HERALD WEEKLY ISSUE 597: 05 January 2012

Cook Islands Sandalwood
Santalum Insulare, more commonly known as ‘Polynesian Sandalwood’ or A’i/Maramia to the locals of Mitiaro, was brought to the island at the request of a persistent Rarotongan resident. The people of Mauke guarantee its power to cure the most minor ailments, such as headaches, earaches and boils. As the story goes, when the Cook Islands first got wind of this unique plant, which was in the early 1800’s, the ship Cumberland sailed into our country’s waters from England, in search of a certain type of wood called Sandalwood. When the crew retrieved what they thought to be sandalwood (which was actually the wood of the Noni plant, Morinda Citrifolia) and set sail for the return trip back to England, they would soon be disappointed in discovering that their findings were not all what they had hoped it to be.
Currently, the Cook Islands have its own mini-production of Sandalwood, with the plant growing on four of the islands in the Southern Cooks, which are Mangaia, Mauke, Mitiaro and Aitutaki. The plant is small in stature, which flowers but never fruits. The wood itself is golden yellow in appearance and has a slight fragrance. When used in medicine, the wood is grated and then infused with coconut oil. The medicine can either be applied directly to the body or inhaled, so that the scent, which is considered to be relaxing, can help tone down oncoming headaches. There are a small amount of Sandalwood plants growing here on Rarotonga and, although scarce, has been used for a variety of reasons. Locally made perfumes and creams have been scented with this unique plant and have been quite an attraction with the tourists.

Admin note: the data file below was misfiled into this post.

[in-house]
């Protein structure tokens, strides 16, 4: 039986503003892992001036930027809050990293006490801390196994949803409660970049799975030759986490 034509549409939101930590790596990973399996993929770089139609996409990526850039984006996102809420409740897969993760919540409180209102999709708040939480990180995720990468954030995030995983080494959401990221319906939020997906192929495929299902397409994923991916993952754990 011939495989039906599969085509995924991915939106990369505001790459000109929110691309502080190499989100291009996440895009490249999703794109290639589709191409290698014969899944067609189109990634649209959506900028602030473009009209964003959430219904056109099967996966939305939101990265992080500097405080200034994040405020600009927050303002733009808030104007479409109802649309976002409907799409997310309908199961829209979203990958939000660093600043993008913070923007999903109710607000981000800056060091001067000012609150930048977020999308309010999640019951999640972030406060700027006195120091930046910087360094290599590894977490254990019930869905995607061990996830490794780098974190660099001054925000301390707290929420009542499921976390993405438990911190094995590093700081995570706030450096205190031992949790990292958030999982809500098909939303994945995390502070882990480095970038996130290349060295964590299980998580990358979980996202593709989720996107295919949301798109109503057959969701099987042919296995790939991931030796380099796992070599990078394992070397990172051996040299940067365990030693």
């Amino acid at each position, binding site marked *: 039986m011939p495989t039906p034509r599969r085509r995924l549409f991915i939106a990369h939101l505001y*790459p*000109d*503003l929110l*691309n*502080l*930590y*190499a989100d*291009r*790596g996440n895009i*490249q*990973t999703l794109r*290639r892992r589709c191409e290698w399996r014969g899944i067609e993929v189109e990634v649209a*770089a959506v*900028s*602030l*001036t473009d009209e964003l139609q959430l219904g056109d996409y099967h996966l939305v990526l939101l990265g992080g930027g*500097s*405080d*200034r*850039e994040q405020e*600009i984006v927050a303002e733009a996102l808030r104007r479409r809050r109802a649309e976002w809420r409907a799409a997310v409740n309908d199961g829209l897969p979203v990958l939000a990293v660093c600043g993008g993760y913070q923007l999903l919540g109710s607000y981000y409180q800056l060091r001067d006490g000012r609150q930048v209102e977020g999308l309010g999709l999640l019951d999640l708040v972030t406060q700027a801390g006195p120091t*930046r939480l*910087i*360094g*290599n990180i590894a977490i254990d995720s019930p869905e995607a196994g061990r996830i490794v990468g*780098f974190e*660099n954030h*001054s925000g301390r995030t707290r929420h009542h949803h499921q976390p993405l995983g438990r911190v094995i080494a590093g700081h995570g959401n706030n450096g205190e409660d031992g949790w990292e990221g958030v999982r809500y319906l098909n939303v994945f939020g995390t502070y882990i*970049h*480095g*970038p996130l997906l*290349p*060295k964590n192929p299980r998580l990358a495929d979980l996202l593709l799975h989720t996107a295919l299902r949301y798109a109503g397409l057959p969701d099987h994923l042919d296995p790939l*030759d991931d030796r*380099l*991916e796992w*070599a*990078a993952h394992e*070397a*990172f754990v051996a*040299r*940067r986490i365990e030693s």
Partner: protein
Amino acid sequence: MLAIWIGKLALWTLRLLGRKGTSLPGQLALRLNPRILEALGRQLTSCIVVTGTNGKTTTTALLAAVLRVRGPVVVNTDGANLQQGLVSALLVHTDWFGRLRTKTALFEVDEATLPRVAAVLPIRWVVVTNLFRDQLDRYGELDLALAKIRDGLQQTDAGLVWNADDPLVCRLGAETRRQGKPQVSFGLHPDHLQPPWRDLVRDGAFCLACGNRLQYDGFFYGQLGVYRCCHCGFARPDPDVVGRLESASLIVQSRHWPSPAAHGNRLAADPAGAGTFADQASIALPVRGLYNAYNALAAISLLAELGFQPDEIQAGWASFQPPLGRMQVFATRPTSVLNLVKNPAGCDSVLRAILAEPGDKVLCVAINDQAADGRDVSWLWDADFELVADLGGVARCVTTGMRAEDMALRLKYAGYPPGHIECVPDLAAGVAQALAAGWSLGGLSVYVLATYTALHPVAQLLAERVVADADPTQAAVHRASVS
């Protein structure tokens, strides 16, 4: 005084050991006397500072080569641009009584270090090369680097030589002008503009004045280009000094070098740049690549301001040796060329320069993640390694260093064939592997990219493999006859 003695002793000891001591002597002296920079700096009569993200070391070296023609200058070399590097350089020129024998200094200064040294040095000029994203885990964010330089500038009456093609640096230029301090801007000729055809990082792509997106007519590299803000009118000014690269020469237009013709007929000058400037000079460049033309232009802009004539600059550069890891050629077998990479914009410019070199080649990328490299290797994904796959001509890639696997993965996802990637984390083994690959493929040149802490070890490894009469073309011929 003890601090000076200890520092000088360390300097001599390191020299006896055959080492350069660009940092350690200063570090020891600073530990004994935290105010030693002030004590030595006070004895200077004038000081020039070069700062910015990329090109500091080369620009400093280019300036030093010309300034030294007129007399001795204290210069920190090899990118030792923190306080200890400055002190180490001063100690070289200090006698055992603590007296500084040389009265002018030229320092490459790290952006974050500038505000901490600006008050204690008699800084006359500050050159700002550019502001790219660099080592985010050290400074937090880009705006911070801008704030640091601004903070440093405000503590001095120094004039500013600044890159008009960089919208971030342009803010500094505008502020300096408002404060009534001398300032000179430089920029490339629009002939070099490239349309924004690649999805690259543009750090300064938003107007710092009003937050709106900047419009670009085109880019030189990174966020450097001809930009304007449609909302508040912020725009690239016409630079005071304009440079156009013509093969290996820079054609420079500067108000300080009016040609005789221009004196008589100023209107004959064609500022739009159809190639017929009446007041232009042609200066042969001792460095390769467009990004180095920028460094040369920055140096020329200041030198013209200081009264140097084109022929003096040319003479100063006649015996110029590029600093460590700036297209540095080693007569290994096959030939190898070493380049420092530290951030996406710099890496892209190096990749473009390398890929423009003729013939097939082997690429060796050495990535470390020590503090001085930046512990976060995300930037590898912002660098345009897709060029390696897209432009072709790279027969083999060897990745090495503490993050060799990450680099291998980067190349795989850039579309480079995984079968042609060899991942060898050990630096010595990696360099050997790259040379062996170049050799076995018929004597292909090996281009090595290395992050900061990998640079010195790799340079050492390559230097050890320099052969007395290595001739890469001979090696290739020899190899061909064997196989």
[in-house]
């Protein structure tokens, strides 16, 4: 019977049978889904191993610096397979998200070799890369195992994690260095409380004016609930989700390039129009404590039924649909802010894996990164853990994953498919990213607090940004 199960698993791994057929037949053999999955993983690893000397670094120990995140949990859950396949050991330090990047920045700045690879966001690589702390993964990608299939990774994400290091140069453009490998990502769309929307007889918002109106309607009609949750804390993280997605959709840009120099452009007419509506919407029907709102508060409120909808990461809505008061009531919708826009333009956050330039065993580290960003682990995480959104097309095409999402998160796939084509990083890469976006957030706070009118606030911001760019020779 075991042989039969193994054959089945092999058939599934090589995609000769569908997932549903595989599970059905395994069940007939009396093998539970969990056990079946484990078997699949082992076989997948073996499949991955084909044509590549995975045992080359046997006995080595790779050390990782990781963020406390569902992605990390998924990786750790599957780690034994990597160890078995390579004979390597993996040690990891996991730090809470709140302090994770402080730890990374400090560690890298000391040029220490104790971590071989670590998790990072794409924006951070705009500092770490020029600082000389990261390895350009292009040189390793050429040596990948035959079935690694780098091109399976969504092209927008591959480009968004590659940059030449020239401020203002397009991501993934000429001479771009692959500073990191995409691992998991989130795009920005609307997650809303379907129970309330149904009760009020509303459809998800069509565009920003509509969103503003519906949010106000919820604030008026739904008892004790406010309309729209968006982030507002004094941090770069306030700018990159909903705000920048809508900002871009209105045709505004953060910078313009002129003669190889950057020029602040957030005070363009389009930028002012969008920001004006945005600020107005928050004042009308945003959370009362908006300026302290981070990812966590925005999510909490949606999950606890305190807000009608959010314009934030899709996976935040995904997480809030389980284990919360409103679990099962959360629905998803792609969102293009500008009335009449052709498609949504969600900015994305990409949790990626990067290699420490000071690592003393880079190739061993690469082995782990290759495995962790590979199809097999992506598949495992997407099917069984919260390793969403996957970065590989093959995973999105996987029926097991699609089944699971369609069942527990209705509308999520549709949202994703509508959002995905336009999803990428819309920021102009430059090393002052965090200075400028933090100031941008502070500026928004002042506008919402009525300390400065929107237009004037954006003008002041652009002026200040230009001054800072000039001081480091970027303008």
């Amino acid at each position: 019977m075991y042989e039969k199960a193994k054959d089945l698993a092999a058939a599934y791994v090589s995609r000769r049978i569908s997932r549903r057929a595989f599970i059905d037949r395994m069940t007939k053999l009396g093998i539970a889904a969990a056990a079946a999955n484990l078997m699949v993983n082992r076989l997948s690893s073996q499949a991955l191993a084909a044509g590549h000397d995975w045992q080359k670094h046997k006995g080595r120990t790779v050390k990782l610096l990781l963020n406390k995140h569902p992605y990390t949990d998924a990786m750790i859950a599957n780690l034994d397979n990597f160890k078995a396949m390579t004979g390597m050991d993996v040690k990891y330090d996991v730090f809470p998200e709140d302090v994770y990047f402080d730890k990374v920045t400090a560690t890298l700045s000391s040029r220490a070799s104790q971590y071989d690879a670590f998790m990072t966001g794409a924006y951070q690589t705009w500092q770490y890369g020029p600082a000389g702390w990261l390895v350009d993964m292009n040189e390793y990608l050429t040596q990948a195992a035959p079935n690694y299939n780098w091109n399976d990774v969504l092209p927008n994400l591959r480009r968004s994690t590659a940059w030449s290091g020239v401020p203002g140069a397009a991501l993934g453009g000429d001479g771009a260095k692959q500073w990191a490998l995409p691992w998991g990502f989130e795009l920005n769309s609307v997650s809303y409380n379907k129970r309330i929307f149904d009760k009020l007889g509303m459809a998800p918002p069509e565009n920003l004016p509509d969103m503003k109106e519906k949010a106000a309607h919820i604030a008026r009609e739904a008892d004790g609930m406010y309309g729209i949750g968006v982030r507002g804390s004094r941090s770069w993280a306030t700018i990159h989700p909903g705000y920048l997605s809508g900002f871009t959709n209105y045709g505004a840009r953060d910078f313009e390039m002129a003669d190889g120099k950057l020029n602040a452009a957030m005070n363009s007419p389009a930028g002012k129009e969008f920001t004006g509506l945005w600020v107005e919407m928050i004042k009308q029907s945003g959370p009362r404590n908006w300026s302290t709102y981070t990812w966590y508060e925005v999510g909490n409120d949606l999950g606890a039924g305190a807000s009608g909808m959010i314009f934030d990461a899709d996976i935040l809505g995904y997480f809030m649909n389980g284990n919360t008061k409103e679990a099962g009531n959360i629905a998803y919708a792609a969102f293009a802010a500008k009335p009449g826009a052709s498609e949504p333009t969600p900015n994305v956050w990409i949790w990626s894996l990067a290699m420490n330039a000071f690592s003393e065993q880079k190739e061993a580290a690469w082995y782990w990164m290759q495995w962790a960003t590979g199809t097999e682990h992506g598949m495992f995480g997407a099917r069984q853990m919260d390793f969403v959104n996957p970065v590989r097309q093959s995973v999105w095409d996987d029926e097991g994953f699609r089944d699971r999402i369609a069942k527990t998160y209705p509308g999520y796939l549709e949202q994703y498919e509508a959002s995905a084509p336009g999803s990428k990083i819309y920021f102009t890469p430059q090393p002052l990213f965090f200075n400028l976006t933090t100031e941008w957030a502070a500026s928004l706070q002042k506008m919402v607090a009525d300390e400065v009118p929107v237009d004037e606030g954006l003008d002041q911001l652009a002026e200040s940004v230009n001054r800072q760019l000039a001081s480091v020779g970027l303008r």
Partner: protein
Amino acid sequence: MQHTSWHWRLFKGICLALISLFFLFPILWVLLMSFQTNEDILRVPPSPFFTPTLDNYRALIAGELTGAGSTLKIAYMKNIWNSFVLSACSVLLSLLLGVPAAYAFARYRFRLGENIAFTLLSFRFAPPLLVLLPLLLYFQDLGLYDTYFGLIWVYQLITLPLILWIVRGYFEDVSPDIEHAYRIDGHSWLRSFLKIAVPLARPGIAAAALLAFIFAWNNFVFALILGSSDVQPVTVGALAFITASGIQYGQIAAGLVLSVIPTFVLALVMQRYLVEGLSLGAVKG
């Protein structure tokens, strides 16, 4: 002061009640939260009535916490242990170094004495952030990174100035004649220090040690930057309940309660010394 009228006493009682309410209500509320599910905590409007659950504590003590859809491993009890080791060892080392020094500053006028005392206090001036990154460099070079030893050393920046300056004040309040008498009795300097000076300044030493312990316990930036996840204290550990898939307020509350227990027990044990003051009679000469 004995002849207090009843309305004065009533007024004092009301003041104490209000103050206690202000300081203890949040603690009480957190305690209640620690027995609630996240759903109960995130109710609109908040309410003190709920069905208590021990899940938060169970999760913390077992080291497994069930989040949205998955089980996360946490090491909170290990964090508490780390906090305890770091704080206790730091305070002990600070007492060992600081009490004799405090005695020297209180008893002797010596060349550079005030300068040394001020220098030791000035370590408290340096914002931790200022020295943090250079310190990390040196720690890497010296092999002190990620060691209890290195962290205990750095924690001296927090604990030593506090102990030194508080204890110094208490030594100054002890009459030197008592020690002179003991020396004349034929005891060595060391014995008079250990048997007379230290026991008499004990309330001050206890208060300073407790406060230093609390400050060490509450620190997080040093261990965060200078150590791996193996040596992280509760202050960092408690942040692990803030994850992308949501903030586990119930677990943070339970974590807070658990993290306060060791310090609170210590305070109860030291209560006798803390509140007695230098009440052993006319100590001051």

Sandalwood has often been mistaken for driftwood, because of its uncanny resemblance. But don’t be fooled. Sandalwood is, as mentioned above, more fragrant than driftwood, so it would be easy to differentiate between the two. -Norma Ngatamariki

Herald Issue 554 09 March
- Norm exposes Trio of Doom
- Briefs from PM’s media conference Tuesday
- Tourism Industry ponders $5 million draft strategy
- Norman George resigns from Cook Islands Party
- Letter of Resignation from CIP
- Norman selfish says Prime Minister

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